I applaud you for taking the time to get information on the subject before making a decision! Forgive me for being a bit feisty about the subject, but it is something I am strongly opposed of. I hope this helped!!!

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post #7 of 14 (permalink) Old 05-24-2003, 03:57 PM
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If you click on the link in Becki's reply, you'll see my horror story on this ... There isn't a day goes by that I don't regret declawing my kitty, because the odd way she walks reminds me that I let her be mutilated. And this was supposedly done by a vet with 20+ years experience.
I wouldn't even consider doing it again - not even as a last resort. My last resort would be buying new curtains and/or furniture whenever needed.

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post #8 of 14 (permalink) Old 05-24-2003, 08:09 PM
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Thank You everyone for your opinions!

No need to apologize for being "feisty" TEJ! Honest opinions are exactly what I want to hear!

Any other testimonials regarding the Soft Paws would be greatly appreciated too! My dad has taught his cats not to even get on the furniture. I'm trying to do that, but I think with me being gone at work all day, the lesson is kind of getting lost!
 
post #9 of 14 (permalink) Old 06-02-2003, 07:37 PM
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I know someone who had their kitty declawed, and now if anyone touches his paws he will bite them and try to scratch them. His paws are VERY sensitive now. He still tries to sharpen his claws as if they were still there, and he is sometimes an outside cat. I would never do that to a kitty...But just my opinion.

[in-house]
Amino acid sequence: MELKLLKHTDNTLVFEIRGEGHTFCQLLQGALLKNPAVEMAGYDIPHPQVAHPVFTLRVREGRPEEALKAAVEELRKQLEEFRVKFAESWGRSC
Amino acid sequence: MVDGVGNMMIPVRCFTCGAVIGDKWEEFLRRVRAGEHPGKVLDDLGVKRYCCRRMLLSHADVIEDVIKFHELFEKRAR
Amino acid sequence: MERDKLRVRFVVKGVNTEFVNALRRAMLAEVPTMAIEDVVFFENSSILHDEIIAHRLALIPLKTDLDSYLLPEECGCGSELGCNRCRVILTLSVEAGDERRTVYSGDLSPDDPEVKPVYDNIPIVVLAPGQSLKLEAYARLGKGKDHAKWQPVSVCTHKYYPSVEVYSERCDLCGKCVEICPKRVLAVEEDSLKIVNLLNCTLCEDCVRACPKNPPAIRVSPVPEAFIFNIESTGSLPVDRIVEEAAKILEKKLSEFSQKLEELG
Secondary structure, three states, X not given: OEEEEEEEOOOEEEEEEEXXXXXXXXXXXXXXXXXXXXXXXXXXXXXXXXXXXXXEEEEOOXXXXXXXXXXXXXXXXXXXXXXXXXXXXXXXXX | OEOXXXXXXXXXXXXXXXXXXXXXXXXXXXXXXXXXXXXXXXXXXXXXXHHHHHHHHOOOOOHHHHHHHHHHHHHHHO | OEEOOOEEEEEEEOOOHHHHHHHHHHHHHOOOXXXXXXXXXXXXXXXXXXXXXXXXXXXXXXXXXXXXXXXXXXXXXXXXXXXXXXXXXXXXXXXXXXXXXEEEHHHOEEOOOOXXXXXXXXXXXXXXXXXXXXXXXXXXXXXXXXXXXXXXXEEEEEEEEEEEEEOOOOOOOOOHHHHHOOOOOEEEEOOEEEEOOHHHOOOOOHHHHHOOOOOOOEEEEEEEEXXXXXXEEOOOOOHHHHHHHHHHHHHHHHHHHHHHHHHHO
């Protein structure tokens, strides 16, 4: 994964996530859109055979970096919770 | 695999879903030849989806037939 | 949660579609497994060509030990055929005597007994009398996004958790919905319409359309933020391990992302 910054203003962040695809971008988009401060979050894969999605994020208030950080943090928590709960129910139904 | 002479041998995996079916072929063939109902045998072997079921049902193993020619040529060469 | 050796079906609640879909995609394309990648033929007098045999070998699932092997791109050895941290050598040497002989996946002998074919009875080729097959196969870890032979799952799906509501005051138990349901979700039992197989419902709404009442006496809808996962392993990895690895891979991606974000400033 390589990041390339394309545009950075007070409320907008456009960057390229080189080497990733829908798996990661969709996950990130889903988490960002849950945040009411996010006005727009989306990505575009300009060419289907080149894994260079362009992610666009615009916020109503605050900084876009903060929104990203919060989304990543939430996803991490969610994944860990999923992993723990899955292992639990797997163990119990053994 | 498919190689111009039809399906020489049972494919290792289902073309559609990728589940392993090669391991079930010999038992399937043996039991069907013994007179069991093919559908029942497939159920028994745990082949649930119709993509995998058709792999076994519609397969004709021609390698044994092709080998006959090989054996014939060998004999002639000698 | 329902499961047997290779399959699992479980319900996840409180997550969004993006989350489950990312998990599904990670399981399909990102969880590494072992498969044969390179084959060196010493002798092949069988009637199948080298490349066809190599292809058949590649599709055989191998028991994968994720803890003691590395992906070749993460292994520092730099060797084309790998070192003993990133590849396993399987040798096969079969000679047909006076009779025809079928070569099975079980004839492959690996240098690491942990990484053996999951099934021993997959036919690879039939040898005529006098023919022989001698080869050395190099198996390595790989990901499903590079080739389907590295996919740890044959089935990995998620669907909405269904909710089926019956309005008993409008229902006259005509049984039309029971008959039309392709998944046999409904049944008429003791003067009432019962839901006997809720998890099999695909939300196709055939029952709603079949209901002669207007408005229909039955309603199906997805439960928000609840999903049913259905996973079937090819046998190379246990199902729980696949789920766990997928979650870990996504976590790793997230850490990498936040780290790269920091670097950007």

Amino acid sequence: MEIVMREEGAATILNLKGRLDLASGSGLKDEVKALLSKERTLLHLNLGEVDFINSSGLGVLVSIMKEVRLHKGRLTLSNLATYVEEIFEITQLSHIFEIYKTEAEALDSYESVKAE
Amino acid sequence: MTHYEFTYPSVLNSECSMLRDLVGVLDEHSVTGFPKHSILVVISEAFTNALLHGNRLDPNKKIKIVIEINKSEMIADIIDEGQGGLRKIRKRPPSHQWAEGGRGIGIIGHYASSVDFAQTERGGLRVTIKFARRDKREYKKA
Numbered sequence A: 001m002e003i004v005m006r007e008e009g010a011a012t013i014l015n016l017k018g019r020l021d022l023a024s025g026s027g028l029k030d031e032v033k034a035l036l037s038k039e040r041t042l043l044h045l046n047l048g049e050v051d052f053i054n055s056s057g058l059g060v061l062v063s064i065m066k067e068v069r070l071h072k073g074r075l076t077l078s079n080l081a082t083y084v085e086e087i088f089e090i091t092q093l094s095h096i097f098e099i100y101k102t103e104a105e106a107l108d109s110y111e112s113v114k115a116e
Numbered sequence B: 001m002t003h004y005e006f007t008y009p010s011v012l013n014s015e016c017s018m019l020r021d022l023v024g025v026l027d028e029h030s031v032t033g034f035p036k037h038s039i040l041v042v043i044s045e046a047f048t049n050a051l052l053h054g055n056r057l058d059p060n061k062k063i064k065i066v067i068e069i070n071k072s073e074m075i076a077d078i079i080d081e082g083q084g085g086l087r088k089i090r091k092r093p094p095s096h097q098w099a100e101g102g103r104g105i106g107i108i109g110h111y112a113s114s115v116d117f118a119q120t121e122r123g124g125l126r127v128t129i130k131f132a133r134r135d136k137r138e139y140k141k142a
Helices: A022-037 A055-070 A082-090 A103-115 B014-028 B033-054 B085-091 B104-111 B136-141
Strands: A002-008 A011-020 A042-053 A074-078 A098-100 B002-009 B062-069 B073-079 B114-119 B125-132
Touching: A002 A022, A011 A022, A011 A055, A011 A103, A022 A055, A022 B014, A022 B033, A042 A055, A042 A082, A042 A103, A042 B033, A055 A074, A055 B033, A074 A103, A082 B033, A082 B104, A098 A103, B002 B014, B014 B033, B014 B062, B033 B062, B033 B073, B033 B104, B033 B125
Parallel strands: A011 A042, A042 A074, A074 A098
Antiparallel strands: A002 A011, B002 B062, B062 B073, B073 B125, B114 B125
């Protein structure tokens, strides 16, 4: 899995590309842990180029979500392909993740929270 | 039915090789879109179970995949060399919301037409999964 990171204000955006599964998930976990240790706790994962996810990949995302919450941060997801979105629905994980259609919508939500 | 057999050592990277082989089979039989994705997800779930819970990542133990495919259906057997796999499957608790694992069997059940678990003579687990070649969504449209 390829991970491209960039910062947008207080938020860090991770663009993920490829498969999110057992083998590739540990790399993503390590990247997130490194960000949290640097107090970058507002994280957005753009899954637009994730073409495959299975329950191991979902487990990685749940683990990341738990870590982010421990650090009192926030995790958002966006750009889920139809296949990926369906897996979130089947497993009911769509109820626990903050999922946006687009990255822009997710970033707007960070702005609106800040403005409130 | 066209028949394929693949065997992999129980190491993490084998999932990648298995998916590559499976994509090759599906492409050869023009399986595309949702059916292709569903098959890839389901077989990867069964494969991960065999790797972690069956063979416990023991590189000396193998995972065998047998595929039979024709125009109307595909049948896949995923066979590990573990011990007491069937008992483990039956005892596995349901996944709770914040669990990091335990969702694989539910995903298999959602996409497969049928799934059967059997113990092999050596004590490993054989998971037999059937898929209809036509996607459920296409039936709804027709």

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post #10 of 14 (permalink) Old 06-03-2003, 05:27 AM
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Try the BITTER APPLE stuff you can buy at PetSmart. It is supposed to work really well. I work at a vets office and we sell those SoftPaws things constantly. We have a whole display up front. I've seen them put them on, and it's just like a little cover for their nails. Heh, you can even get different colors if you like! I would go with the SoftPaws if you don't think you'll have the time to correct their behavior in person. It's just as effective as if the cats had no "claws" at all, and with no pain whatsoever! Everybody wins!!!

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post #11 of 14 (permalink) Old 06-03-2003, 07:35 AM
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Wow I had no idea what the declaw procedure was all about! Ouch!

Just wanted to add that my brother has three cats all declawed. One is 13 years old,7 and a kitten under a year. They are all indoor/outdoor cats. Two of them hunt yet and bring home their "prizes". I'm not sure how they defend themselves but I've never seen them hurt or injured.

Lee I had an aunt and uncle that trained their cat not to go on the furniture. I don't how they did it though!

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post #12 of 14 (permalink) Old 06-03-2003, 10:23 AM
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Well I will make this short and sweet, and say I am definitely against this most painful procedure. After working in a vet office and assisting first hand in several declawings, I will say that the procedure itself made me sick to my stomach, and I assisted in several types of surgery. Not only is it is Cruel on how it is done, but it is very painful to the cat. Cat's can be trained and there is NO reason to declaw.


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post #13 of 14 (permalink) Old 06-03-2003, 03:31 PM
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I've tried the Bitter Apple before on my plants...only worked if I remembered to do it everyday. The cats would still eat it and spit it out! So...fake plants at my house! Lol.

Well, these Soft Paws sound like a good idea. Plus, I figure it's good to get him used to them at a young age.

Thanks everyone!

Masterjack...how DO they do that????
 
post #14 of 14 (permalink) Old 06-03-2003, 05:57 PM
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Masterjack...how DO they do that????
Lee, I don't know what Masterjack would say, but we use spray bottles with water to train our Cat, it works great for us, just need to be consistent with it is all